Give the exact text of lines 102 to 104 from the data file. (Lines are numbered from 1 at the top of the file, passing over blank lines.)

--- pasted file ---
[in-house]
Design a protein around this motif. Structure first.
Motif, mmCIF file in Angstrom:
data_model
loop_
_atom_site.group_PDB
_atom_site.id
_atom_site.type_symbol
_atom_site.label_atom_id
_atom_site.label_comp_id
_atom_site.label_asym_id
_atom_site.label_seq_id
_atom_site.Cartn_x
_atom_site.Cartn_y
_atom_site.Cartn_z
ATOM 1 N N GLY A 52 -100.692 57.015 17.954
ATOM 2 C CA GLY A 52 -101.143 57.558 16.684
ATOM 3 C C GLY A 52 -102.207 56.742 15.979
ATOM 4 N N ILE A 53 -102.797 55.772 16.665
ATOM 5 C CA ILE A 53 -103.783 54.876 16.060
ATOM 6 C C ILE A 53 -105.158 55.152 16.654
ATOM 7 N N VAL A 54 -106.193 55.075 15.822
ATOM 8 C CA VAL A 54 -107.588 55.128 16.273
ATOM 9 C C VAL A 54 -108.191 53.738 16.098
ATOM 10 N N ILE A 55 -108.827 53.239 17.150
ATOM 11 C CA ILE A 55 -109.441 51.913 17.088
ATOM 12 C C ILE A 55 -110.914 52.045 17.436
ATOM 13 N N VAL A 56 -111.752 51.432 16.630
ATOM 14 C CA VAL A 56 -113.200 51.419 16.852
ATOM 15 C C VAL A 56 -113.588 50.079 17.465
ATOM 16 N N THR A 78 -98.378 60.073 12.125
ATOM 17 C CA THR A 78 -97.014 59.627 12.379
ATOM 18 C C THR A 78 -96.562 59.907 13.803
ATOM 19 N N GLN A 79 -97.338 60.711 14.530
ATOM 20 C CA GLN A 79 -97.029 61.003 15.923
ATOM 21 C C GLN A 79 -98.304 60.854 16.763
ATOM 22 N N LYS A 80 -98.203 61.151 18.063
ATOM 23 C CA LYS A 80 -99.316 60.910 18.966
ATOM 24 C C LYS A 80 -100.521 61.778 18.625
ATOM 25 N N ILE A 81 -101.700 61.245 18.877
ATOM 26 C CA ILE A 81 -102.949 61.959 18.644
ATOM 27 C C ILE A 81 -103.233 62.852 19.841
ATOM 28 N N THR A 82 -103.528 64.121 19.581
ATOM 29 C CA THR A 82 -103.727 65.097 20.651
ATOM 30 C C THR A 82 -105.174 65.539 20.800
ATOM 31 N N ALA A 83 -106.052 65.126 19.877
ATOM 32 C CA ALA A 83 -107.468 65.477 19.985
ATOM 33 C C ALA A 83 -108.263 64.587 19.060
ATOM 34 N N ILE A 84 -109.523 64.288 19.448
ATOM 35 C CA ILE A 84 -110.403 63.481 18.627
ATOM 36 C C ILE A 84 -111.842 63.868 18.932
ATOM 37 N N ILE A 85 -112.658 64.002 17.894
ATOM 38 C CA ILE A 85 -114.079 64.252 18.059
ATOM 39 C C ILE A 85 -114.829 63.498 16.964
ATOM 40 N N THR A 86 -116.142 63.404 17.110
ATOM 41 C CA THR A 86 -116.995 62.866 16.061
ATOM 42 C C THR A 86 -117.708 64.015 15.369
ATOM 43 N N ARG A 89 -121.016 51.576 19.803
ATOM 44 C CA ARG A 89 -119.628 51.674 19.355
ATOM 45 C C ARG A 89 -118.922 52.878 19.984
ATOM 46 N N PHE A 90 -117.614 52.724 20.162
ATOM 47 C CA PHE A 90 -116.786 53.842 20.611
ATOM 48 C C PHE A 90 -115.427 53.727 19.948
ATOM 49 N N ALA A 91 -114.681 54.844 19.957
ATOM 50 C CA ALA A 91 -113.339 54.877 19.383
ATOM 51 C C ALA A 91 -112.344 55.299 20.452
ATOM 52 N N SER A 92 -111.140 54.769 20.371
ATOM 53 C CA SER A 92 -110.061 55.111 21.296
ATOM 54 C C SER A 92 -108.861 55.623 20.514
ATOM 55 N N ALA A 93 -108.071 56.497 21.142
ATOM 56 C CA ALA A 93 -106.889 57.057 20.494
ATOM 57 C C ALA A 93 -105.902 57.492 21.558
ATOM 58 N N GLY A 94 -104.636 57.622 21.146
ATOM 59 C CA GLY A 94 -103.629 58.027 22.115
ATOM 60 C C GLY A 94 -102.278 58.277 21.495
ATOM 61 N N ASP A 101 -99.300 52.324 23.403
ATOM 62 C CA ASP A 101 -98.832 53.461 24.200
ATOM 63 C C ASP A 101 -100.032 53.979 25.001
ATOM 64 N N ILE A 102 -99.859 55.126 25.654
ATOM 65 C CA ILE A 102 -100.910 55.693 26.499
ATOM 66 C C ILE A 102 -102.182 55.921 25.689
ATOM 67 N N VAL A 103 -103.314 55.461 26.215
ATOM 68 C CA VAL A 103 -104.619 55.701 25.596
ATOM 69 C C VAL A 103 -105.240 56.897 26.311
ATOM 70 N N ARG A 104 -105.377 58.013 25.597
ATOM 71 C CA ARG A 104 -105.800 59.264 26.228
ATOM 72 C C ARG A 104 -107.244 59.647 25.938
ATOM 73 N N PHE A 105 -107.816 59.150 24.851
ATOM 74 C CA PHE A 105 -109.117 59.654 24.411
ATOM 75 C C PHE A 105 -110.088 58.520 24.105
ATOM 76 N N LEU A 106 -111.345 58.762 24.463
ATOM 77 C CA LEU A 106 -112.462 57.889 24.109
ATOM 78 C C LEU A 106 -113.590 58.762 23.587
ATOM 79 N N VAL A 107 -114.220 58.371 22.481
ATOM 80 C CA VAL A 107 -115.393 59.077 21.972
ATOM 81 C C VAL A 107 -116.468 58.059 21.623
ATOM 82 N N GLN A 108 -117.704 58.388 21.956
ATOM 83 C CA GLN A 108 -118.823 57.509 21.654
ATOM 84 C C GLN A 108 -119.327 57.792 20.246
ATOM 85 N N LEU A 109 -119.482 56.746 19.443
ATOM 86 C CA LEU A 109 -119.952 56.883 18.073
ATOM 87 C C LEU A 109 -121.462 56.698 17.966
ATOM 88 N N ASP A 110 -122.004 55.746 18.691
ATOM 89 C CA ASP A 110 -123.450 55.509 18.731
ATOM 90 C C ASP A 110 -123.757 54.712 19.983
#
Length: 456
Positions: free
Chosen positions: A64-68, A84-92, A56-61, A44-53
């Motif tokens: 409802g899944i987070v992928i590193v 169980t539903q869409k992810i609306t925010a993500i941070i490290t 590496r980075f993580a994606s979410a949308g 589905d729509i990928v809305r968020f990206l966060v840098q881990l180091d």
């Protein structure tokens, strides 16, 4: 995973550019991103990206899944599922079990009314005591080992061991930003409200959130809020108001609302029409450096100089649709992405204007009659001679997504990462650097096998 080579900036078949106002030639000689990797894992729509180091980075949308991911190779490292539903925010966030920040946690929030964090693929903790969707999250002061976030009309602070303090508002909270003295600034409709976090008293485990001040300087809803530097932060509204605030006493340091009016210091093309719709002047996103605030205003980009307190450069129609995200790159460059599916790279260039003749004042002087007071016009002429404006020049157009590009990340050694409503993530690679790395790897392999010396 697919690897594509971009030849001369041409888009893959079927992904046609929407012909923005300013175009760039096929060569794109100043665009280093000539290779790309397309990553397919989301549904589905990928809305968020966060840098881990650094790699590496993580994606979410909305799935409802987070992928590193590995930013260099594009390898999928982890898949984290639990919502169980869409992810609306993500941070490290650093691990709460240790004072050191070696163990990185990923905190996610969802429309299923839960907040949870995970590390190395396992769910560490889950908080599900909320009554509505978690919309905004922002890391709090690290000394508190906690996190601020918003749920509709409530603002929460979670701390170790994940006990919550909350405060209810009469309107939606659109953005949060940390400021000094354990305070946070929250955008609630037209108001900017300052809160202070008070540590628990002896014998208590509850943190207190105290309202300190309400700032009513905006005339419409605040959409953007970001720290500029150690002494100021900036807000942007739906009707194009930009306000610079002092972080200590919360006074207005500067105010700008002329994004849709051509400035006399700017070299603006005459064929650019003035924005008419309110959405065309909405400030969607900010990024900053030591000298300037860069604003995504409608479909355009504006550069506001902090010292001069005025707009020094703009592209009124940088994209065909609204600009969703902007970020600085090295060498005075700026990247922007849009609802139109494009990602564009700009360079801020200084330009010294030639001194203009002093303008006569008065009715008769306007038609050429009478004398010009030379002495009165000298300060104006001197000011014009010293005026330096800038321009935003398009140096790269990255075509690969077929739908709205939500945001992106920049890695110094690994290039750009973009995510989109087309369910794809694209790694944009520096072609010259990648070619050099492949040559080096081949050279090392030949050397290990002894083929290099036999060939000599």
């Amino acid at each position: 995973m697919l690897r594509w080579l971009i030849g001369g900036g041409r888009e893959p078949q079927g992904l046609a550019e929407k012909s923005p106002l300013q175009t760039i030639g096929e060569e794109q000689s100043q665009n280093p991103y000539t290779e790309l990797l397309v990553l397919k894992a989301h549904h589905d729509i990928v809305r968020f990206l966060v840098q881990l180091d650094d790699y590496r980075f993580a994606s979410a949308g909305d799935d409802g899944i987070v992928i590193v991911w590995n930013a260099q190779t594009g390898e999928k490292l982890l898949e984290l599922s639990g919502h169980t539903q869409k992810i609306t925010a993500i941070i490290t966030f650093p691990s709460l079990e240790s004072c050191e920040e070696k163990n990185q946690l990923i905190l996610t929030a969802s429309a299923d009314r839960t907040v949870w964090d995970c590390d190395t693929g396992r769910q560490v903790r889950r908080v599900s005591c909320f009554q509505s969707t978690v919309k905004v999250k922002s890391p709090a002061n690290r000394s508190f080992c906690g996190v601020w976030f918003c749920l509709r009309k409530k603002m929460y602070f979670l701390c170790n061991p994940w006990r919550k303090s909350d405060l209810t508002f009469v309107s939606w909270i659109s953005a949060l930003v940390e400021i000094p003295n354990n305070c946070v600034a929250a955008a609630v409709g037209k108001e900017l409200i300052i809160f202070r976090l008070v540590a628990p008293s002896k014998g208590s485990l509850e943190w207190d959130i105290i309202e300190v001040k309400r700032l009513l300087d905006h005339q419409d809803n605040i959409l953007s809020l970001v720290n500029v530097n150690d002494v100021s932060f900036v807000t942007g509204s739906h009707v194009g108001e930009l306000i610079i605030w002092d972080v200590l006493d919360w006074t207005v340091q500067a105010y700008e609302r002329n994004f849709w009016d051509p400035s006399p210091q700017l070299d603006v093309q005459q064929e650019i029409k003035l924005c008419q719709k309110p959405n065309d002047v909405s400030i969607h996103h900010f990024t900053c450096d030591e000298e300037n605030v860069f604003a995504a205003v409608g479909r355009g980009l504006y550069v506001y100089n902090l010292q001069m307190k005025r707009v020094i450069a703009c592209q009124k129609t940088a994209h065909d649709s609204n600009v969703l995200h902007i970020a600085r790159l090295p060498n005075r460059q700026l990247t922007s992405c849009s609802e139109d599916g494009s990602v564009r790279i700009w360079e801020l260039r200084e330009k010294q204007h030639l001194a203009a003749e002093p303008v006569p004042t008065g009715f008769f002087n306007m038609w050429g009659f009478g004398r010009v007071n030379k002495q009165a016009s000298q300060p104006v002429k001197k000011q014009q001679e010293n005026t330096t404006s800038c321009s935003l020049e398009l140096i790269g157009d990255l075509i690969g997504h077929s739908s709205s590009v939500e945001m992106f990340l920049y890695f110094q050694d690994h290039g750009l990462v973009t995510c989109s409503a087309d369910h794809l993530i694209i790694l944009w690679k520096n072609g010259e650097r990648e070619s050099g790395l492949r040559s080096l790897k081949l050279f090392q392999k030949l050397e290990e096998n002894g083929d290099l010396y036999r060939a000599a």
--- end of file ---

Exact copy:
ATOM 87 C C LEU A 109 -121.462 56.698 17.966
ATOM 88 N N ASP A 110 -122.004 55.746 18.691
ATOM 89 C CA ASP A 110 -123.450 55.509 18.731